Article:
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Senate Defense Bill: Threatening Gender-Affirming Care for Transgender Troops and Families

The Senate's version of the NDAA includes amendments that bar Pentagon funding for gender-affirming surgeries and restrict access to hormone therapy for transgender troops and their children. These changes, supported by Republicans and Senator Joe Manchin, increase the likelihood of becoming law. The amendments have sparked concerns among advocates for transgender service members, emphasizing the need for equitable healthcare. Negotiations between the House and Senate will determine the final outcome.

In a surprising turn of events, the Senate’s version of the must-pass annual defense policy bill revealed significant implications for transgender service members and their families. Legislative text released Monday evening disclosed that the military would not be able to pay for surgeries for transgender troops under the current provisions of the National Defense Authorization Act (NDAA). Furthermore, transgender military children could lose access to hormone therapy, puberty blockers, and other medications if the treatment “could result in sterilization.”

Legislative Changes and Their Implications

These amendments, introduced during the Senate Armed Services Committee’s closed-door sessions last month, passed with the unanimous support of committee Republicans and independent Senator Joe Manchin of West Virginia. With similar efforts present in the House’s version of the bill, the inclusion of these amendments raises the likelihood of these restrictions becoming law, effectively curtailing gender-affirming care for transgender troops and their family members.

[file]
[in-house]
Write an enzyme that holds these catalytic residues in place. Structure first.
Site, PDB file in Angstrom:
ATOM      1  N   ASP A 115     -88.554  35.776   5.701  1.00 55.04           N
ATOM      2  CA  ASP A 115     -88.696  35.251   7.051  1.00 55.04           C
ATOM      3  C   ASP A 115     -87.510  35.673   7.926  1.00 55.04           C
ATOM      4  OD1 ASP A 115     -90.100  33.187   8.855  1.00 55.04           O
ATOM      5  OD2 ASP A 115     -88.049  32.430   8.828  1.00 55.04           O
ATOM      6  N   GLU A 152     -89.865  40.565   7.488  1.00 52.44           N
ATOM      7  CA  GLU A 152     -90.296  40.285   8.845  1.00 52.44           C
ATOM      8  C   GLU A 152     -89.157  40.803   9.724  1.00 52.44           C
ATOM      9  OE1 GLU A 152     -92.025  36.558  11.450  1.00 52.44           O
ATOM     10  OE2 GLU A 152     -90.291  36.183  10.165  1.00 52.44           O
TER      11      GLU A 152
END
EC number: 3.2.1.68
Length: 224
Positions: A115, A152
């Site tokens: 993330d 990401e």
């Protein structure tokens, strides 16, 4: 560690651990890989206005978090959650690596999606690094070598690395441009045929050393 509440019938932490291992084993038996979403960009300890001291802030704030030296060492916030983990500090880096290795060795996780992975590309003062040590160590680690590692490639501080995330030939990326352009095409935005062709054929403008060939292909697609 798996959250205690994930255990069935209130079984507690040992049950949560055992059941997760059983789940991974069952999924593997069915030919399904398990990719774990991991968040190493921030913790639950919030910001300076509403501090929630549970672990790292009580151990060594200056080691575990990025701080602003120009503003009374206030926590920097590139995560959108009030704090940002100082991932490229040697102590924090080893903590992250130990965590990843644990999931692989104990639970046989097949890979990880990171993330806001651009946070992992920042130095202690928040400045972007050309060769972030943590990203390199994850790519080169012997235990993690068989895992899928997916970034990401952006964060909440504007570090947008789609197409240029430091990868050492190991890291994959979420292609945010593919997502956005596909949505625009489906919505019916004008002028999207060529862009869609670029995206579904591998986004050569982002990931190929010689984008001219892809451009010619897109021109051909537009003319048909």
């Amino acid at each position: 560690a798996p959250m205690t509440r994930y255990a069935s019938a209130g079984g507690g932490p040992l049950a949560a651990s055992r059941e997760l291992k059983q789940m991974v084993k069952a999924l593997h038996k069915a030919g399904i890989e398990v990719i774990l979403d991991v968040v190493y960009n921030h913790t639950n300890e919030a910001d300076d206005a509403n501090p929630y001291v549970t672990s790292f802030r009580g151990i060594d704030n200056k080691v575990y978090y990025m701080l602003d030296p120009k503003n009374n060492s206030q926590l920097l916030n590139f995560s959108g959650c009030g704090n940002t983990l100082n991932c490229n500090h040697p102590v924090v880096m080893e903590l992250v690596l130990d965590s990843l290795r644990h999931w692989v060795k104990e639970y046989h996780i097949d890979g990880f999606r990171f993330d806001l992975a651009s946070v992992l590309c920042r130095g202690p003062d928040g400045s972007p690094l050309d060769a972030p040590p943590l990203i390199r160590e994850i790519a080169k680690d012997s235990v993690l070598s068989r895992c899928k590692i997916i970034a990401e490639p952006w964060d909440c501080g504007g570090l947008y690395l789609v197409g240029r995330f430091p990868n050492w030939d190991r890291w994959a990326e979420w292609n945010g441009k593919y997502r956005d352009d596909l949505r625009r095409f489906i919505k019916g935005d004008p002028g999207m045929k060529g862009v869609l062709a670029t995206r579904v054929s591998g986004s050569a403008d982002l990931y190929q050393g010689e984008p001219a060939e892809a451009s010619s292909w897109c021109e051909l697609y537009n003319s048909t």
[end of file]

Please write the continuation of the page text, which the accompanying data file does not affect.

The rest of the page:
The House’s attempts to ban coverage of gender-affirming care for transgender service members have garnered significant attention. However, the Senate’s amendments have largely flown under the radar, only coming to light with the bill’s text and accompanying report released Monday night. Transgender troops have faced fluctuating policies for years, amidst GOP efforts to ban their open service or restrict the Pentagon from covering their healthcare needs.

Historical Context

The Obama administration allowed transgender troops to serve openly in 2016. However, after former President Donald Trump reinstated the ban in 2017, President Joe Biden revoked it in 2021. Despite this, Republicans have continued to push for bills targeting transgender troops. Conservative voices, including the Project 2025 think tank, which aims to influence a potential second Trump term, are advocating for a renewed ban on transgender service members.

Kara Corcoran, vice president of the transgender service member group SPARTA Pride and an Army infantry major, expressed her concerns to, stating, “I understand that this is an election year and that, in many ways, people in the military fall victim to at times a strategic compromise that often people will make in order to appease both sides of the aisle. One thing that should not be a compromise is health care for our service members.”

The Impact on Transgender Troops

Accurate data on the number of transgender troops is limited. However, a 2016 Rand Corp. report estimated that between 1,320 and 6,630 service members identified as transgender. Gender-affirming healthcare costs are a small fraction of the overall defense budget, with the Pentagon spending $3.1 million on surgeries from 2016 to 2021.

The Senate’s NDAA amendments would bar Pentagon funding for “performing or facilitating sex change surgeries” and prohibit the use of Defense Department facilities for such purposes. Tricare, the military’s healthcare program, would also be restricted from covering affirming hormone therapy, puberty blockers, and other medical interventions for minors if they could result in sterilization.

Broader Implications